Cardiovascular disease is common in patients with chronic kidney disease (CKD). As renal function fails, many patients become progressively malnourished, as evidenced by reduced levels of albumin, prealbumin, and transferrin. Malnourished patients have increased levels of C reactive protein (CRP), interleukin-6 (IL-6), and concomitant cardiovascular disease when they reach end stage. Many diseases that cause CKD, diabetes, and hypertension are also associated with cardiovascular disease. Thus the direct effect of renal failure per se directly contributing to the inflammation-malnutrition-atherosclerosis paradigm is not completely established in early stages of CKD. Some aspects of progressive renal failure, however, cause changes in plasma composition and endothelial structure and function that favor vascular injury. As renal function fails, hepatic apo A-I synthesis decreases and HDL levels fall. HDL is an important antioxidant and defends the endothelium from the effects of cytokines. Inflammation causes further structural and functional abnormalities in HDL. Apolipoprotein C HI (apo C III), a competitive inhibitor of lipoprotein lipase is increased in CKD. Serum triglyceride levels increase as a result of accumulation of intermediate-density lipoprotein (IDL) comprising VLDL and chylomicron remnants. These impede vascular relaxation and are associated with cardiovascular disease. Activation of the renin angiotensin axis is a component of many renal diseases and adaptation to loss of renal mass. Angiotensin II (AngII) activates NADPH oxidases, leading to production of the superoxide anion and decreased availability of nitric oxide (NO), further impairing vascular function. H2O2, produced as a consequence of superoxide dismutation, stimulates vascular cell proliferation and hypertrophy. Leukocyte-derived myeloperoxidase functions as an "NO Oxidase" in the inflamed vasculature and contributes to decreased NO bioavailability and compromised vascular reactivity. The changes in lipoprotein composition and structure as well as AngII-mediated alterations in endothelial function amplify the effect of subsequent inflammatory events.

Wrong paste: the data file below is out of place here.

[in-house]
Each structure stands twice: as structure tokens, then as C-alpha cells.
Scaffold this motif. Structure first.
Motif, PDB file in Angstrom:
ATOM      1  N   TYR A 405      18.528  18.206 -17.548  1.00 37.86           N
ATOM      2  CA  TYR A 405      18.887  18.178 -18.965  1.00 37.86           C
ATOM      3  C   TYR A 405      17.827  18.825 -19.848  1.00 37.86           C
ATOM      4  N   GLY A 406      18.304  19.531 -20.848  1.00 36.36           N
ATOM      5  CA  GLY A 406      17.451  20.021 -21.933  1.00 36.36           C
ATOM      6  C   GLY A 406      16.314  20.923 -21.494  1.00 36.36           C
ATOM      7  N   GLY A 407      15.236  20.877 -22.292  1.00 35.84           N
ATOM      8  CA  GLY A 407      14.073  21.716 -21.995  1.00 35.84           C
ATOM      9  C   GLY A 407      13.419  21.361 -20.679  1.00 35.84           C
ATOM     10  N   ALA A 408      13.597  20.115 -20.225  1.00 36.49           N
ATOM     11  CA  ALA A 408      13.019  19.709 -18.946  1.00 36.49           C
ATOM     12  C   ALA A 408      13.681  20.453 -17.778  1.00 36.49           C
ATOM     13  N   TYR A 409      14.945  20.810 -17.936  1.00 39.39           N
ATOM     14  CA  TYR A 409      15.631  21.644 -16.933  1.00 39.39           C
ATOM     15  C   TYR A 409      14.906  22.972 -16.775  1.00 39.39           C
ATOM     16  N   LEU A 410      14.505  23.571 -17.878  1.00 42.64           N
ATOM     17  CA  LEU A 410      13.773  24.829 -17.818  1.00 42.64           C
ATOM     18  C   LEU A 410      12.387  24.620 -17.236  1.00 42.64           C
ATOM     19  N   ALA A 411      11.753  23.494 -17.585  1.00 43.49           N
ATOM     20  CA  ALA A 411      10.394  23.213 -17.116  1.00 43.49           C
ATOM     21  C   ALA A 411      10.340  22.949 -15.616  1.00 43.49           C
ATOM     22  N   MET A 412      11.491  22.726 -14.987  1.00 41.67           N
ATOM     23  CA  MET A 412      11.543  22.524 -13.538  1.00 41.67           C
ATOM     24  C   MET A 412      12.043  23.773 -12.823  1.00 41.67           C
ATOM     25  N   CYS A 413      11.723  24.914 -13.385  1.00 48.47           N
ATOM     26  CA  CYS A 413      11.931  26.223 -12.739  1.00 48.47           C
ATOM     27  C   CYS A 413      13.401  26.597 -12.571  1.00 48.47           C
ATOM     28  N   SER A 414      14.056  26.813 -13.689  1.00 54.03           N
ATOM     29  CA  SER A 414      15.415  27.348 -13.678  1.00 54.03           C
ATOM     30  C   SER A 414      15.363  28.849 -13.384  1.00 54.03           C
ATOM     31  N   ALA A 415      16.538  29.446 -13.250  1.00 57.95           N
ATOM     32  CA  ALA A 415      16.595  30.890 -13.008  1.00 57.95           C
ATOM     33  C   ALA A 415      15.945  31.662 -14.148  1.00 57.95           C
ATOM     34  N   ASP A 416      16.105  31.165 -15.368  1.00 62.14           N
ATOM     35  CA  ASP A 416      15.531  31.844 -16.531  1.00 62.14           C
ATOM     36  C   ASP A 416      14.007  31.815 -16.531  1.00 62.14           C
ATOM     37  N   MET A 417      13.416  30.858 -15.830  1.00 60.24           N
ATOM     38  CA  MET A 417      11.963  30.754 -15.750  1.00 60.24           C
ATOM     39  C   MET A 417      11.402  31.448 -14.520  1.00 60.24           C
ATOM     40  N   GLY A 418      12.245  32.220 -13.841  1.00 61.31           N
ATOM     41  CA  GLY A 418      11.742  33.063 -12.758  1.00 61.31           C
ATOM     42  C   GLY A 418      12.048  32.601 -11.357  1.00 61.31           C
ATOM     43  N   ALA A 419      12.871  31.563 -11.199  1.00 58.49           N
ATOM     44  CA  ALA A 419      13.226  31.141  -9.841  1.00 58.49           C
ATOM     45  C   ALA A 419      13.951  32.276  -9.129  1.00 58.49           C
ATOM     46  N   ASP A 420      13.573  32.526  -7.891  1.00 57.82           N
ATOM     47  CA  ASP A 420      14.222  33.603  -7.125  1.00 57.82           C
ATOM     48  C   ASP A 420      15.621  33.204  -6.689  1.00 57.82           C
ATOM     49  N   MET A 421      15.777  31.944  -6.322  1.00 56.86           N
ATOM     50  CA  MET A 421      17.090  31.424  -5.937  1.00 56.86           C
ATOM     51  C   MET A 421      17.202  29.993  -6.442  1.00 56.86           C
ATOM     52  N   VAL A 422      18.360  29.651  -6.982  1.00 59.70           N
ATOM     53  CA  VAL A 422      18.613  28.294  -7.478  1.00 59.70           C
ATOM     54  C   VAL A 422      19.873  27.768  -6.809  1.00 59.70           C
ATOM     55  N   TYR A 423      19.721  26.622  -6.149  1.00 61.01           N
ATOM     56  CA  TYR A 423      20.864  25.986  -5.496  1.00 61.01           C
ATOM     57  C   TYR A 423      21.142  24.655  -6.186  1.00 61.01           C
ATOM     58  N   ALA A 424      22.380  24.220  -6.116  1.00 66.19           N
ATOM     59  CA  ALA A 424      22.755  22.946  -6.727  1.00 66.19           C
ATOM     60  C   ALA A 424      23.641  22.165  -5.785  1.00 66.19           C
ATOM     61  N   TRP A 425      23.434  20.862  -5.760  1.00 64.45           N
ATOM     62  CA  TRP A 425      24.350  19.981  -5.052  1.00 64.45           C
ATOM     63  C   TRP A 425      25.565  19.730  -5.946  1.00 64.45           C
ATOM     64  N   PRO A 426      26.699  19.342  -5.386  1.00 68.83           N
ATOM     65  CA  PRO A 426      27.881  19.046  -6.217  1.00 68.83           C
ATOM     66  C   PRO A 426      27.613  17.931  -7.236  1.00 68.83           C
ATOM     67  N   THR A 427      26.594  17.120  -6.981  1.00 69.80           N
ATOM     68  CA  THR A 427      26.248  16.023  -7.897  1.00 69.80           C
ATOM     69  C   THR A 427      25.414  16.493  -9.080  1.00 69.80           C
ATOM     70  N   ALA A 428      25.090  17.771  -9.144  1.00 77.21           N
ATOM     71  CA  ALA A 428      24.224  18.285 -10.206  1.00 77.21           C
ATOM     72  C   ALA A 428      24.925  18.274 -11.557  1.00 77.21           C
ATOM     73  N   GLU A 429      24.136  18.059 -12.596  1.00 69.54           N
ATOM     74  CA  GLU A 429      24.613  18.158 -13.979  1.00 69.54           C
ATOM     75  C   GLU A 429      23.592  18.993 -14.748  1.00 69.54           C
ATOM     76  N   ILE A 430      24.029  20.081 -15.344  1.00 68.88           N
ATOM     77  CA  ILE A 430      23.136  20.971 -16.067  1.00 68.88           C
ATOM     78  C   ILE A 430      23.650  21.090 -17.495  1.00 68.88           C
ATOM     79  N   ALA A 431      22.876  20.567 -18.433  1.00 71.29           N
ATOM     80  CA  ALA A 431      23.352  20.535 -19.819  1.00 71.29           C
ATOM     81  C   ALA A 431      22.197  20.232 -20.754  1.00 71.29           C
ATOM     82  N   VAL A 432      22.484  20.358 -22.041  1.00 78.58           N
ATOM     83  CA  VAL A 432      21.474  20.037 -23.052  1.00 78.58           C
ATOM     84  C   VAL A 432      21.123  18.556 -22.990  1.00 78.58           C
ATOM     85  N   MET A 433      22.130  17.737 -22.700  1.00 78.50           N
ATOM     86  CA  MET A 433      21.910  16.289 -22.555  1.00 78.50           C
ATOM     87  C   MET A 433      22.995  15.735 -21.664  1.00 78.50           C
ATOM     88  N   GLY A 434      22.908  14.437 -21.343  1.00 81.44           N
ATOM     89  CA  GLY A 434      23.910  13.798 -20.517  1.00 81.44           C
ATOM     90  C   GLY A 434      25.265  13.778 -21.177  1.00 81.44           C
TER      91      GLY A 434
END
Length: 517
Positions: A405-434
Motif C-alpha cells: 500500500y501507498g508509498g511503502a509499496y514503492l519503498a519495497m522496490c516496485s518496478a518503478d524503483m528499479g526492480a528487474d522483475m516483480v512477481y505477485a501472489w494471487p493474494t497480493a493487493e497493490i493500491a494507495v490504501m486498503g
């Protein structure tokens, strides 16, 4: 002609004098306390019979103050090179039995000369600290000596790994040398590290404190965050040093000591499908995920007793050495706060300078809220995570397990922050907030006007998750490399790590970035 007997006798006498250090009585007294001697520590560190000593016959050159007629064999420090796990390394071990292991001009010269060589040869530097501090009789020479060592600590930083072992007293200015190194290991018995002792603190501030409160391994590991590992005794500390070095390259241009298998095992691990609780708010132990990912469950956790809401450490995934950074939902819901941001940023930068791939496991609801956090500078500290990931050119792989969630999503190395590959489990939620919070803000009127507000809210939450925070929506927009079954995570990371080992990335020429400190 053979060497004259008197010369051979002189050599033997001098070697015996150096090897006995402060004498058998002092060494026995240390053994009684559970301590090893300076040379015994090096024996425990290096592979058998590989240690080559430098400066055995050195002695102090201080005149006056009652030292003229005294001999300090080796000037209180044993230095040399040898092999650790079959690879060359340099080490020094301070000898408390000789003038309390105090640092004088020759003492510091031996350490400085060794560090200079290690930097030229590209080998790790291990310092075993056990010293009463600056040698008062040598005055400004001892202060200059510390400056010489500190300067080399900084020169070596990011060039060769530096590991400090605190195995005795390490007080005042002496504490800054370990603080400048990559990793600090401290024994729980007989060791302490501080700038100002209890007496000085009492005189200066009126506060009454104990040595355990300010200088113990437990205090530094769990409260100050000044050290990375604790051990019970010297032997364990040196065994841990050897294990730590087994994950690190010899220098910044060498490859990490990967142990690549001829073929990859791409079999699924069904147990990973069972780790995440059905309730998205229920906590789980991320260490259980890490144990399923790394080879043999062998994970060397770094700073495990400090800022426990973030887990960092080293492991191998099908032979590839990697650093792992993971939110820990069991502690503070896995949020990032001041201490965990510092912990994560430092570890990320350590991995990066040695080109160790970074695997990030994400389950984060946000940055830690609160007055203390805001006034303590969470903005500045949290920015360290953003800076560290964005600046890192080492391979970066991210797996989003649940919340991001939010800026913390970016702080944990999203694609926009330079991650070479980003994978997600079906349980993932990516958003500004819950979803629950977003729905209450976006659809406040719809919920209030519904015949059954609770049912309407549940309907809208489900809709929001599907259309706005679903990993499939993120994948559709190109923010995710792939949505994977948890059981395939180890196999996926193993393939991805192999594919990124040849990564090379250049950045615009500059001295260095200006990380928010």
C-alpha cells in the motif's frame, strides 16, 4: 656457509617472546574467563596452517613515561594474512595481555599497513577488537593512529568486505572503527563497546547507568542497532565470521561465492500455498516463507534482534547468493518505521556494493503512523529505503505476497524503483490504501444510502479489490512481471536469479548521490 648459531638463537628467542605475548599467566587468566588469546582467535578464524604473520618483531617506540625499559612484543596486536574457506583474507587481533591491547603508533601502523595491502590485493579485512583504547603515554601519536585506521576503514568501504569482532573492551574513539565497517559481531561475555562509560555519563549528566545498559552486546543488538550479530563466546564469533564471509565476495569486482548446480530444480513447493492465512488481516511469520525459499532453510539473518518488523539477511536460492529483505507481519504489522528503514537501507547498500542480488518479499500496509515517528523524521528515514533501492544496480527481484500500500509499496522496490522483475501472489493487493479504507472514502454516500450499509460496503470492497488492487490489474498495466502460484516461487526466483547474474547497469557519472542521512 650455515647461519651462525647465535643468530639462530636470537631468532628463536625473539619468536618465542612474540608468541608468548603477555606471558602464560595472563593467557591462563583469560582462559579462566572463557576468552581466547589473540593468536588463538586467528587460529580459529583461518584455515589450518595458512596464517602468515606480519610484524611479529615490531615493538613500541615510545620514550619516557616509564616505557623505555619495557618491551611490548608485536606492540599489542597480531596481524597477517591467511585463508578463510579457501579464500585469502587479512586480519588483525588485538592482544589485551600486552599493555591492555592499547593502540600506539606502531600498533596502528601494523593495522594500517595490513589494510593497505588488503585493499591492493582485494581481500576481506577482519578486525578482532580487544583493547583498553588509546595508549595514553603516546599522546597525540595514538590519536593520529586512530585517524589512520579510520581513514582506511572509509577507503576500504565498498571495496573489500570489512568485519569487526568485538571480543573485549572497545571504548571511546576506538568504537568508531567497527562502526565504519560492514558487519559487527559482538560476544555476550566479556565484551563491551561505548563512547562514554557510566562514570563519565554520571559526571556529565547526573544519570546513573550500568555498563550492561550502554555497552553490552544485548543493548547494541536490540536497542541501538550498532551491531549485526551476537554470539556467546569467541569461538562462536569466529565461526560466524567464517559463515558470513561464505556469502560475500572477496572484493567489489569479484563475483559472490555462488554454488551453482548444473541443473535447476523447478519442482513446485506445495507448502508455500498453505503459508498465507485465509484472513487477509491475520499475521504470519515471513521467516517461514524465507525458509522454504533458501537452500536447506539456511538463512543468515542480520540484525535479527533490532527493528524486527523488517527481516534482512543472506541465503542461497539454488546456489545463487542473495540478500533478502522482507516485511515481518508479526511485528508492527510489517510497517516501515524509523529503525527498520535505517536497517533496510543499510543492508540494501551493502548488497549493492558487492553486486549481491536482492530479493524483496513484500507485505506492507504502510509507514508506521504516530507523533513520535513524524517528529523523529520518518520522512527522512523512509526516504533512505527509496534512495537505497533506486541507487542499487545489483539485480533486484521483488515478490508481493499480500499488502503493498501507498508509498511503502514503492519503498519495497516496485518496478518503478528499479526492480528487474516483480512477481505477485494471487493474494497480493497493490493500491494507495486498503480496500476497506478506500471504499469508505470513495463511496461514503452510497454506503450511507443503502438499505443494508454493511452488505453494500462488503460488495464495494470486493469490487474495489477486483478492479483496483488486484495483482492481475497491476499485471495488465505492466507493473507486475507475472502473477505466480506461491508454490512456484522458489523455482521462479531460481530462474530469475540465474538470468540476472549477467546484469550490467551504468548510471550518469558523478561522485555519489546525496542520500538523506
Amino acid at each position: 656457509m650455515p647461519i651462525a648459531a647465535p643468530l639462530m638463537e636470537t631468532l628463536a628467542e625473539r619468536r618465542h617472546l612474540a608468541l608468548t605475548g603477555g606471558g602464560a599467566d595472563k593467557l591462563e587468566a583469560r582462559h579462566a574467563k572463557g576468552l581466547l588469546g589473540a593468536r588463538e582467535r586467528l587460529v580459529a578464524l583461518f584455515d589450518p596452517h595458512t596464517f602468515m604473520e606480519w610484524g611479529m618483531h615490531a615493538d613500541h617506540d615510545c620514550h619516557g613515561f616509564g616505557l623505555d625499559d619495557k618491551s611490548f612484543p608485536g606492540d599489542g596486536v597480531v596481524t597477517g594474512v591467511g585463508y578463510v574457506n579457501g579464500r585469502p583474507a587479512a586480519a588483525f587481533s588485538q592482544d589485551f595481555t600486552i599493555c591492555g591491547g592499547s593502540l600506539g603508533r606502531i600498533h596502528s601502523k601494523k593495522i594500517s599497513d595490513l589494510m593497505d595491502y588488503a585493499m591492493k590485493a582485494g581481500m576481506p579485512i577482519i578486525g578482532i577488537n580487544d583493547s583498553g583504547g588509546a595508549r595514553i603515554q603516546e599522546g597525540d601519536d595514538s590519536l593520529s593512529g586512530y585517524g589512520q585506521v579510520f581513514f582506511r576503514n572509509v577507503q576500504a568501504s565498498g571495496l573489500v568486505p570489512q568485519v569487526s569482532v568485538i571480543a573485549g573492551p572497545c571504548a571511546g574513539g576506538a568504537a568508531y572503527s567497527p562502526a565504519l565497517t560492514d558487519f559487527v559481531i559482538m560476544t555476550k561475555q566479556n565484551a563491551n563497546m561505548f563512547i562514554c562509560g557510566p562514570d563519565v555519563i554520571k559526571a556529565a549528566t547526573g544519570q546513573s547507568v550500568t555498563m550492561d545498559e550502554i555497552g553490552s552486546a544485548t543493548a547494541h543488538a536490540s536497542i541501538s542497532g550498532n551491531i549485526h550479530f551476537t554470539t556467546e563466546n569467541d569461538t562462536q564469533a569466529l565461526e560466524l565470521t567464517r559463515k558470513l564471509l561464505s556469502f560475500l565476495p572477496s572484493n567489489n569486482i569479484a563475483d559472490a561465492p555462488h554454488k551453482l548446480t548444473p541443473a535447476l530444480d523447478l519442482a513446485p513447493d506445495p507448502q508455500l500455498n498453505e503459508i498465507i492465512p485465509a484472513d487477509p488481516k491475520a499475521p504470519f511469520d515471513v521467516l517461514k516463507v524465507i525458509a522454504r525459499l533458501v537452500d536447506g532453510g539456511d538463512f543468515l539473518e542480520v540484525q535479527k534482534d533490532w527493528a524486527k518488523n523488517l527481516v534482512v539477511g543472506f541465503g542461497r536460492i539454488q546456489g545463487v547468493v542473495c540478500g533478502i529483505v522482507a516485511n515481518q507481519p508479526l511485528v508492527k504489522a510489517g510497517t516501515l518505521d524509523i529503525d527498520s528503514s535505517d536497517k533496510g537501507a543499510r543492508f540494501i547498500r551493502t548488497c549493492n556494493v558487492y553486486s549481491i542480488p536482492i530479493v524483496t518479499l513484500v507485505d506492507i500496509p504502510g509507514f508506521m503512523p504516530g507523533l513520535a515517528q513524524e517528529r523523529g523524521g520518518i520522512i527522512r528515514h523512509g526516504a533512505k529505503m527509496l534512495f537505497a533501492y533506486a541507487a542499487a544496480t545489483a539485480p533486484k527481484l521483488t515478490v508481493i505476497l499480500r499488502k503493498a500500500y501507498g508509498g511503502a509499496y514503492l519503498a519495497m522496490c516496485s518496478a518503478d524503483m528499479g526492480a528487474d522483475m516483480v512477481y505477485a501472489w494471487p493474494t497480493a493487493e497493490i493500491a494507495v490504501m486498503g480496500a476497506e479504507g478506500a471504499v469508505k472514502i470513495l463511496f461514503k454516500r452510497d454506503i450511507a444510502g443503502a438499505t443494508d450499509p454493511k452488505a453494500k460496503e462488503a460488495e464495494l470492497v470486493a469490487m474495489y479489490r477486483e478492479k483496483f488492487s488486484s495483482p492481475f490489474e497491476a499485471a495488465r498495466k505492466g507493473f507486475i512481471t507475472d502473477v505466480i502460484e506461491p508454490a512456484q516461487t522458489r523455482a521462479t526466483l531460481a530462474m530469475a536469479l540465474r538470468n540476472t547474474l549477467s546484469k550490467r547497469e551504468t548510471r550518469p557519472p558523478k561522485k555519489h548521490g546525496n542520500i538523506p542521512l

|Original language||English (US)|
|Number of pages||11|
|Journal||Journal of the American Society of Nephrology|
|State||Published - Mar 2004|
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